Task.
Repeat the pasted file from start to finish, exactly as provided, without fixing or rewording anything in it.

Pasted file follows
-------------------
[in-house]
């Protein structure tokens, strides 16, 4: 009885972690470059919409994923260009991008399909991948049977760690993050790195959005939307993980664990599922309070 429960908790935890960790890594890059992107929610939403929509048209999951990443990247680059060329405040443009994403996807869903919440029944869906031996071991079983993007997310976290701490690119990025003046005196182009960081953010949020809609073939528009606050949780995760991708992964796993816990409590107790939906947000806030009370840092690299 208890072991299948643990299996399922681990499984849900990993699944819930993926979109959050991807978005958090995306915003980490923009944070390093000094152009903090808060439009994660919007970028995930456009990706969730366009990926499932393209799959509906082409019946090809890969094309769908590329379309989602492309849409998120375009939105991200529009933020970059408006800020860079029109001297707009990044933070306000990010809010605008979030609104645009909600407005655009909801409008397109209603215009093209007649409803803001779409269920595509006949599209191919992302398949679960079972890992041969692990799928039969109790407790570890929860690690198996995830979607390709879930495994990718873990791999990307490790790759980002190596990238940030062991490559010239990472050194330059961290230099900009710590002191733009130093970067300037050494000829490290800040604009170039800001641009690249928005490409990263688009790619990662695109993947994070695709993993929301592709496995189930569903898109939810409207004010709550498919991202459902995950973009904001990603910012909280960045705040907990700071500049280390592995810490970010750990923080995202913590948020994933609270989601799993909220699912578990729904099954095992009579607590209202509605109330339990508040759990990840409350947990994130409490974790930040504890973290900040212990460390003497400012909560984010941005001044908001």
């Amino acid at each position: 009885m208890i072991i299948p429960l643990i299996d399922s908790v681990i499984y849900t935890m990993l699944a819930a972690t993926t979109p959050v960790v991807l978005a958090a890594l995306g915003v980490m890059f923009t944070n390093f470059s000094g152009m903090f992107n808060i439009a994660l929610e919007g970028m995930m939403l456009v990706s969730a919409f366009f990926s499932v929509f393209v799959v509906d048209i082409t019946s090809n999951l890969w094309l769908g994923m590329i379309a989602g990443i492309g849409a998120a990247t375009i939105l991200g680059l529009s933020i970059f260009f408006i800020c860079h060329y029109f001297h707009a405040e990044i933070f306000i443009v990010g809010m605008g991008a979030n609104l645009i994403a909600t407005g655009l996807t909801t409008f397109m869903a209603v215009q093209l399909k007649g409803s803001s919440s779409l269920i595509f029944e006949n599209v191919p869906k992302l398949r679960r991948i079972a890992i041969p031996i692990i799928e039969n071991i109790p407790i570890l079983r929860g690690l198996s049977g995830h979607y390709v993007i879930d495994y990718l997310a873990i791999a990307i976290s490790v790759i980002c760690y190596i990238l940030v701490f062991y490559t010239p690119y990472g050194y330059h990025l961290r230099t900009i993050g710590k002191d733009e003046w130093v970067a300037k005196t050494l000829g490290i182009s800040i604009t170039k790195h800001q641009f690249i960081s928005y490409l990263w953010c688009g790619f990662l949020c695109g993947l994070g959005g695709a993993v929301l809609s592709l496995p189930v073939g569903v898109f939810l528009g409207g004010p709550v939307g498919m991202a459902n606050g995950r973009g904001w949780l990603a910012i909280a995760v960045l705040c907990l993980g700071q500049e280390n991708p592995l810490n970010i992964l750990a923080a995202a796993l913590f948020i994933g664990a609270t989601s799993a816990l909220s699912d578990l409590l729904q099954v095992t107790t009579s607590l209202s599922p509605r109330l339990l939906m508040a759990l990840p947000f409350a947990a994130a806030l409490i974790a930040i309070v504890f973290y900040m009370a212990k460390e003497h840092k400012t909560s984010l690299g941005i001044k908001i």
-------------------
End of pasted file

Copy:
[in-house]
């Protein structure tokens, strides 16, 4: 009885972690470059919409994923260009991008399909991948049977760690993050790195959005939307993980664990599922309070 429960908790935890960790890594890059992107929610939403929509048209999951990443990247680059060329405040443009994403996807869903919440029944869906031996071991079983993007997310976290701490690119990025003046005196182009960081953010949020809609073939528009606050949780995760991708992964796993816990409590107790939906947000806030009370840092690299 208890072991299948643990299996399922681990499984849900990993699944819930993926979109959050991807978005958090995306915003980490923009944070390093000094152009903090808060439009994660919007970028995930456009990706969730366009990926499932393209799959509906082409019946090809890969094309769908590329379309989602492309849409998120375009939105991200529009933020970059408006800020860079029109001297707009990044933070306000990010809010605008979030609104645009909600407005655009909801409008397109209603215009093209007649409803803001779409269920595509006949599209191919992302398949679960079972890992041969692990799928039969109790407790570890929860690690198996995830979607390709879930495994990718873990791999990307490790790759980002190596990238940030062991490559010239990472050194330059961290230099900009710590002191733009130093970067300037050494000829490290800040604009170039800001641009690249928005490409990263688009790619990662695109993947994070695709993993929301592709496995189930569903898109939810409207004010709550498919991202459902995950973009904001990603910012909280960045705040907990700071500049280390592995810490970010750990923080995202913590948020994933609270989601799993909220699912578990729904099954095992009579607590209202509605109330339990508040759990990840409350947990994130409490974790930040504890973290900040212990460390003497400012909560984010941005001044908001």
């Amino acid at each position: 009885m208890i072991i299948p429960l643990i299996d399922s908790v681990i499984y849900t935890m990993l699944a819930a972690t993926t979109p959050v960790v991807l978005a958090a890594l995306g915003v980490m890059f923009t944070n390093f470059s000094g152009m903090f992107n808060i439009a994660l929610e919007g970028m995930m939403l456009v990706s969730a919409f366009f990926s499932v929509f393209v799959v509906d048209i082409t019946s090809n999951l890969w094309l769908g994923m590329i379309a989602g990443i492309g849409a998120a990247t375009i939105l991200g680059l529009s933020i970059f260009f408006i800020c860079h060329y029109f001297h707009a405040e990044i933070f306000i443009v990010g809010m605008g991008a979030n609104l645009i994403a909600t407005g655009l996807t909801t409008f397109m869903a209603v215009q093209l399909k007649g409803s803001s919440s779409l269920i595509f029944e006949n599209v191919p869906k992302l398949r679960r991948i079972a890992i041969p031996i692990i799928e039969n071991i109790p407790i570890l079983r929860g690690l198996s049977g995830h979607y390709v993007i879930d495994y990718l997310a873990i791999a990307i976290s490790v790759i980002c760690y190596i990238l940030v701490f062991y490559t010239p690119y990472g050194y330059h990025l961290r230099t900009i993050g710590k002191d733009e003046w130093v970067a300037k005196t050494l000829g490290i182009s800040i604009t170039k790195h800001q641009f690249i960081s928005y490409l990263w953010c688009g790619f990662l949020c695109g993947l994070g959005g695709a993993v929301l809609s592709l496995p189930v073939g569903v898109f939810l528009g409207g004010p709550v939307g498919m991202a459902n606050g995950r973009g904001w949780l990603a910012i909280a995760v960045l705040c907990l993980g700071q500049e280390n991708p592995l810490n970010i992964l750990a923080a995202a796993l913590f948020i994933g664990a609270t989601s799993a816990l909220s699912d578990l409590l729904q099954v095992t107790t009579s607590l209202s599922p509605r109330l339990l939906m508040a759990l990840p947000f409350a947990a994130a806030l409490i974790a930040i309070v504890f973290y900040m009370a212990k460390e003497h840092k400012t909560s984010l690299g941005i001044k908001i």